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How Mexico's cinnamon-spiked hot chocolate mirrors the country's history

By Niamh Michail contact

- Last updated on GMT

Bean-to-bar chocolate supplier Alerlit talks to FoodNavigator-LATAM about the origins of Mexican-style hot chocolate, the country's 'floral' cocoa flavor and its production process.

Mexican cocoa supplier, processor and chocolate manufacturer Alerlit was founded 30 years ago by Jose Luis Alarcon.

Today, the business is run by Alarcon's daughter and current owner Itzuri Alarcon. 

“We buy the cocoa direct from farmers in Tabasco and Chiapas, and we process everything," ​Itzuri Alarcon told FoodNavigator-LATAM. "We roast it, we take off the shell, we mill the cocoa and we make cocoa liquor, cocoa powder, and cocoa butter.”

Alerlit has a manufacturing capacity of 100 tons per month but currently operates at around 60 tons.

The company sells most of its products in its native Mexico but it also exports its hot chocolate to the US, Germany, France, Switzerland, South Africa and exports cocoa derivatives to Cuba.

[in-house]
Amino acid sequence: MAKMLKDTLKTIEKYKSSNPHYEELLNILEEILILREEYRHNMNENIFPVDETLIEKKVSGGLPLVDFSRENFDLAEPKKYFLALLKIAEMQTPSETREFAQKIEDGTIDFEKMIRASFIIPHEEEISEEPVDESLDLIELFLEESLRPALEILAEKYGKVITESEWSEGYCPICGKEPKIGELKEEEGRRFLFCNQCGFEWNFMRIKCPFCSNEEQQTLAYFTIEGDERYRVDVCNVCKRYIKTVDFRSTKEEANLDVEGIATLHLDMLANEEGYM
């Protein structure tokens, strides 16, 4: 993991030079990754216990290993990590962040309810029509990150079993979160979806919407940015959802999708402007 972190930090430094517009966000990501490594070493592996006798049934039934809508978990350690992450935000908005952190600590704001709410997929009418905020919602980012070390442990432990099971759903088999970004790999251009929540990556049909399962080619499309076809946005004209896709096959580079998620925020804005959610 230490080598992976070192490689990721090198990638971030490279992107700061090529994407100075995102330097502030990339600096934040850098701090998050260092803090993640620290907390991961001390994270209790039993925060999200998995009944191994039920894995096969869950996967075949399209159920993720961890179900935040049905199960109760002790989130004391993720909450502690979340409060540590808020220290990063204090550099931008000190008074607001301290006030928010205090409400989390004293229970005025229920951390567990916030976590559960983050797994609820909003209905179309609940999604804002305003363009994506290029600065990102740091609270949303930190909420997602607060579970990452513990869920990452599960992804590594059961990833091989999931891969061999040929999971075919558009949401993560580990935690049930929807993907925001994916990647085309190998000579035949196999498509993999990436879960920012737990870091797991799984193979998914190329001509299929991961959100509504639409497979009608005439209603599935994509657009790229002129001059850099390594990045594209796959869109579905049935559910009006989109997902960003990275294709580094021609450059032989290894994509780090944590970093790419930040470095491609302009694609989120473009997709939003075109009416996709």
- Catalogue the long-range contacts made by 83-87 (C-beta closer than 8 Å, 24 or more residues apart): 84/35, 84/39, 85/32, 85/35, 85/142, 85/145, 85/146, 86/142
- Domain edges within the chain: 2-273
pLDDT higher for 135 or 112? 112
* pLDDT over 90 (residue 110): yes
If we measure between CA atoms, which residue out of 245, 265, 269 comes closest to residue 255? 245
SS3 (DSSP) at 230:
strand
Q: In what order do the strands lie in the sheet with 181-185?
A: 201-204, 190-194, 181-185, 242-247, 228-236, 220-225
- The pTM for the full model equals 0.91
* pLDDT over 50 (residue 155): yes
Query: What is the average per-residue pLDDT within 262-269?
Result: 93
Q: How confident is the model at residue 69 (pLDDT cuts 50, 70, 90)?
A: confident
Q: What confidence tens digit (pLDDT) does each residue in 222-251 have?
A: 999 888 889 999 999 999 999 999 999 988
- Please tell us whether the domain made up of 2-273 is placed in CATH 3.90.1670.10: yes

The bulk of Alerlit's business comes from selling these B2B cocoa ingredients, however, it also makes its own consumer-facing hot chocolate range.

“We take the cocoa liquor and add sugar and cinnamon. This is the Mexican-style recipe to produce hot chocolate.”

According to Alarcon, this traditional recipe can be traced back to Mexico’s ancient civilizations, such as the Aztecs and Mayans, who blended cocoa beans with vanilla to make an energizing drink.

When the Spanish invaders took cocoa back to Europe, they added sugar and, because they could not find vanilla in Europe, replaced it with cinnamon.

“We are a mix of traditions from Spain and from here​,” Alarcon said.

According to Alarcon, Mexican cocoa has floral notes, which appeals to high-end chocolatiers. 

WATCH THE VIDEO TO FIND OUT MORE.

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